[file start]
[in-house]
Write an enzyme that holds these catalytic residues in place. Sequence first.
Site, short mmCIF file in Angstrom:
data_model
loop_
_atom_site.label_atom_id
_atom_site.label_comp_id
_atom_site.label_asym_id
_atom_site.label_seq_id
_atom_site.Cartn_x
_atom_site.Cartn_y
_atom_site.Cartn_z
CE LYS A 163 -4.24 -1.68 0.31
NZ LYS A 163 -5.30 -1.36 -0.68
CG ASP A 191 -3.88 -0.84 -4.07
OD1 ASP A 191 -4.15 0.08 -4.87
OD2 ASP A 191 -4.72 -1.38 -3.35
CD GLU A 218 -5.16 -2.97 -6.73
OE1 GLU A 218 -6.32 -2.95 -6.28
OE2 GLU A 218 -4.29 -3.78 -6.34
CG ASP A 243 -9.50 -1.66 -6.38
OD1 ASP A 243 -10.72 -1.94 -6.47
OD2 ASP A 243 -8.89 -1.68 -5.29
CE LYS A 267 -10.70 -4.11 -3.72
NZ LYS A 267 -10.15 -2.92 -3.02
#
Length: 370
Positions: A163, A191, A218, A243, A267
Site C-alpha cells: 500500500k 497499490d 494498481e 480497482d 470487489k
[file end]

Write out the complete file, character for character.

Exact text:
[in-house]
Write an enzyme that holds these catalytic residues in place. Sequence first.
Site, short mmCIF file in Angstrom:
data_model
loop_
_atom_site.label_atom_id
_atom_site.label_comp_id
_atom_site.label_asym_id
_atom_site.label_seq_id
_atom_site.Cartn_x
_atom_site.Cartn_y
_atom_site.Cartn_z
CE LYS A 163 -4.24 -1.68 0.31
NZ LYS A 163 -5.30 -1.36 -0.68
CG ASP A 191 -3.88 -0.84 -4.07
OD1 ASP A 191 -4.15 0.08 -4.87
OD2 ASP A 191 -4.72 -1.38 -3.35
CD GLU A 218 -5.16 -2.97 -6.73
OE1 GLU A 218 -6.32 -2.95 -6.28
OE2 GLU A 218 -4.29 -3.78 -6.34
CG ASP A 243 -9.50 -1.66 -6.38
OD1 ASP A 243 -10.72 -1.94 -6.47
OD2 ASP A 243 -8.89 -1.68 -5.29
CE LYS A 267 -10.70 -4.11 -3.72
NZ LYS A 267 -10.15 -2.92 -3.02
#
Length: 370
Positions: A163, A191, A218, A243, A267
Site C-alpha cells: 500500500k 497499490d 494498481e 480497482d 470487489k